But first, a bit of excitement. As a guy, it’s always a rush to be on something fast and powerful, which is exactly what we needed to get us to the dive entry point. San Dimitri is a beautiful dive, but can only be reached by boat. We chartered a rhib from Dwejra for the afternoon and powered out of the inland sea, crashing along the waves for about 15 minutes in full kit. We felt like Navy Seals about to embark on a mission.
One we arrive at the spot, and after an OK, it was a summersault back entry… oh and what a view. Visibility was easily 50 metres and we slowly descended to about 20. The underwater topography is phenomenal. It literally looks like an earthquake had shattered the coastline and sent it tumbling into the sea.

I had a bit of trouble with ear lock on the dive, but I was able to hang around above the rest of the party at about 18 metres or so, and in a sense, the view was even more impressive. The amount of marine life which congregates and proliferates in this spot is simply beyond belief. In fact, we saw a massive shoal of striped barracuda and proceeded to herd them into a ball. Two went left, two went right, one went above and one went below and before we knew it, we had herded a whole shoal of the fish. We could go right up to them and they would not break – it was a truly amazing experience.
We also saw plenty of groupers and various other small fish, which were actually not that small by Malta standards and these included parrot fish, cawl and myriad others. After about 40 minutes of enjoying such beautiful surroundings, it was back onto the boat and we powered to shore. Needless to say, after two such dives we were knackered and nearly falling asleep on the ferry back to Malta. What a wonderful dive !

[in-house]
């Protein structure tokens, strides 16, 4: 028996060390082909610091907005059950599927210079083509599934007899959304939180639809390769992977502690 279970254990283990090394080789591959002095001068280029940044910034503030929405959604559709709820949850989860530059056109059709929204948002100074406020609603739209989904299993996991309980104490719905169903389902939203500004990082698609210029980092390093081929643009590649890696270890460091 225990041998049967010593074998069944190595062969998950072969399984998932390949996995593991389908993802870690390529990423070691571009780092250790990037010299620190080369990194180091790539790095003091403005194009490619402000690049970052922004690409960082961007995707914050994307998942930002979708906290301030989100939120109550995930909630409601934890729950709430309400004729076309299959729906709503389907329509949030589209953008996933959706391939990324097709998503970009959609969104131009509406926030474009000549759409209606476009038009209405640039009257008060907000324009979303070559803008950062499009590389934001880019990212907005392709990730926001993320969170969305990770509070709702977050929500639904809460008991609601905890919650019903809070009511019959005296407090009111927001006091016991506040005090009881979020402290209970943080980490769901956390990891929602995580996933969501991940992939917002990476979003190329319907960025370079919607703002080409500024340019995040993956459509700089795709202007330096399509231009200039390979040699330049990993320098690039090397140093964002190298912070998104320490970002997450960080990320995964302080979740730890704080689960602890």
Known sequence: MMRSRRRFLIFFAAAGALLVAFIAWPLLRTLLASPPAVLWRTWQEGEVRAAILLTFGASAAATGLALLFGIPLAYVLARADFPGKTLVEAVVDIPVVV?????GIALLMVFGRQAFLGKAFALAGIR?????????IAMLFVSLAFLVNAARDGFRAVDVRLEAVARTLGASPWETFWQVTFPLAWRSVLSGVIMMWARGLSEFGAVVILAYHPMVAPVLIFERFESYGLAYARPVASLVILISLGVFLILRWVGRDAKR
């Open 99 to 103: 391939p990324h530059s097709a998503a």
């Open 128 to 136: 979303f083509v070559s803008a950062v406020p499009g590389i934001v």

Videos Jason Fabri

Tuesday, September 7, 2010

Billinghurst Cave and Reqqa Point

3 August

Me with the cave entrance in the background
Photo Jason Fabri
Today was my first dedicated cave dive at the Billinghurst Cave near Qbajjar in Gozo. It was an early doors start, catching the 8.15am ferry to Gozo. After landing, we headed off to Zebbug and wound our way down the precarious road and tracks to the Billinghurst Cave entry site, near Reqqa point. Getting to the Cave entry site is a bit of an operation and you have to be very careful to avoid falling onto the very sharp rocks. You cannot exit the water from there and you have to swim round Reqqa Point to get out of the water.
But back to the cave. Buddy check, inflate BCD, giant stride and a one-metre drop into the water. It was a relief in the 30 degree heat. A quick ok and off you go, a quick decent to 20-29 metres and the cavern opens up. You look down the 120-metre long tunnel and all you see is black. As I have mentioned, this was my first cave dive, but we had torches and the experienced Jason Fabri from Watercolours Dive School with us, so I wasn’t overly concerned. A good tip is that if you feel claustrophobic, just look back, there is a massive turquoise window that is very reassuring.